The American consumer is levering-up again, as consumers borrowed more for everything from student loans to cars.
Consumer credit jumped 8.6 percent, or $17.7 billion, in January to $2.54 trillion, the Federal Reserve reported. It was the fifth straight month that borrowing increased and the largest gain since 2004.
The increase was much larger than the $10 billion analysts had expected, according to a Reuters poll.
The consumer credit gains were driven almost exclusively by student loans from the federal government,raising doubts about whether the report signals economic growth.
Revolving credit, which mostly measures credit-card debt, declined 4.4 percent. Nonrevolving credit, which includes big-ticket items like auto loans and student debt, rose 14.7 percent.
Significantly, banks and finance companies reduced the amount of lending extended to consumers.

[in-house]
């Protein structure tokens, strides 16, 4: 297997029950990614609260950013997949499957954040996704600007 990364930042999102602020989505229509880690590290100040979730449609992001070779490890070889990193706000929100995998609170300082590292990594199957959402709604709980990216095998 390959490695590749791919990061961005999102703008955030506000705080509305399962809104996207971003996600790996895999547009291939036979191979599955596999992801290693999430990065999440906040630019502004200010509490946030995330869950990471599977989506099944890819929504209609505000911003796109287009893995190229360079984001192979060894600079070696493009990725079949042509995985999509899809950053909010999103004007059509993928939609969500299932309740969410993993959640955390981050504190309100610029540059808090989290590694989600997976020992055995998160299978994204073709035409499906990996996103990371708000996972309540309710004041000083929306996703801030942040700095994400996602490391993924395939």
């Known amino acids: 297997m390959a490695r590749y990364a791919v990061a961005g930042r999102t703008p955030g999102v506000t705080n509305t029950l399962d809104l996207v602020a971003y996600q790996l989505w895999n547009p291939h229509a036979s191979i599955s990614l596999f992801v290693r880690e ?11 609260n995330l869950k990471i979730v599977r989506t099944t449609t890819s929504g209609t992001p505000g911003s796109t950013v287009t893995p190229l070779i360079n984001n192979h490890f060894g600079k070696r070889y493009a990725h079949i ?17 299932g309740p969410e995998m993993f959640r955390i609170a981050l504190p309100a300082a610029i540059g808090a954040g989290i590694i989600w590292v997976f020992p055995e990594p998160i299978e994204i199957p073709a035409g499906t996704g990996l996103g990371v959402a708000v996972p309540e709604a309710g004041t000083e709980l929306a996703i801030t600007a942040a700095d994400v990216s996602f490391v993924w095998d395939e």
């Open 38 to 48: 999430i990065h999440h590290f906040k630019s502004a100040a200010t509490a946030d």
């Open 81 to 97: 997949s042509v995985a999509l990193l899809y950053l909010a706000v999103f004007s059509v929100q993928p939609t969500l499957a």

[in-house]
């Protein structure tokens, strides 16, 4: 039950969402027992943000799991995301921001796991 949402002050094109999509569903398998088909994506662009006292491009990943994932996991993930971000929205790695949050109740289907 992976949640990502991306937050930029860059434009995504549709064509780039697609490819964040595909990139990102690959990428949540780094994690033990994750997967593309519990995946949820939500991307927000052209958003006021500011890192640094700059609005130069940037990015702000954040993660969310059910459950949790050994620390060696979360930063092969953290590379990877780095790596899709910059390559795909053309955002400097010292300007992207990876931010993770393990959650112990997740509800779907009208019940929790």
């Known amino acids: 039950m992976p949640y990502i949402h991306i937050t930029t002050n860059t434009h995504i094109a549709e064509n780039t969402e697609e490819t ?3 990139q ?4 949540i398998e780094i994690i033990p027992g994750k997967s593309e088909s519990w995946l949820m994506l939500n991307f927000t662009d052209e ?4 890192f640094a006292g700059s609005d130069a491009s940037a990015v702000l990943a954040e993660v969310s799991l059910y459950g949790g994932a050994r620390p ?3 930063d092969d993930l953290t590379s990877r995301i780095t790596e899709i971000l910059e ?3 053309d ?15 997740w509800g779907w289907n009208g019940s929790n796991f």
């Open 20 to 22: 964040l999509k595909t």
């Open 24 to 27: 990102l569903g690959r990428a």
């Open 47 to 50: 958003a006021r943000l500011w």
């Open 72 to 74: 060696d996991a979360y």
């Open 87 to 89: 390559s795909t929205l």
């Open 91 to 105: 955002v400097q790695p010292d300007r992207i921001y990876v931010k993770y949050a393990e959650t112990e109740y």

Paul Kasriel, chief economist at Northern Trust, earlier said bank credit "historically has been the catalyst for strong economic growth."
Banks constitute the largest proportion of total consumer credit lending, to which various finance companies, credit unions, savings institutions, and the government also contribute.
It follows, Kasriel said, that bank lending is the most important factor for economic growth. "It's what has been lacking up until recently in this economy."
Yet relaxed credit conditions did not dominate the report.
"Government-subsidized student loans are a huge part of consumer credit. And since state budgets continue to be strained, that will continue," said Thomas Berner, an economist at UBS.
On this point, economists agree: Student loan debt inflates credit levels with little economic impact.
In total, the Federal Reserve'sborrowing report covers auto loans, student loans and credit cards, and excludes real estate loans, such as mortgages and home equity loans.
An earlier version of this report said consumer credit surged 8.6 percent to reach $17.7 billion. In fact, it rose 8.6 percent, or $17.7 billion, to $2.54 trillion.
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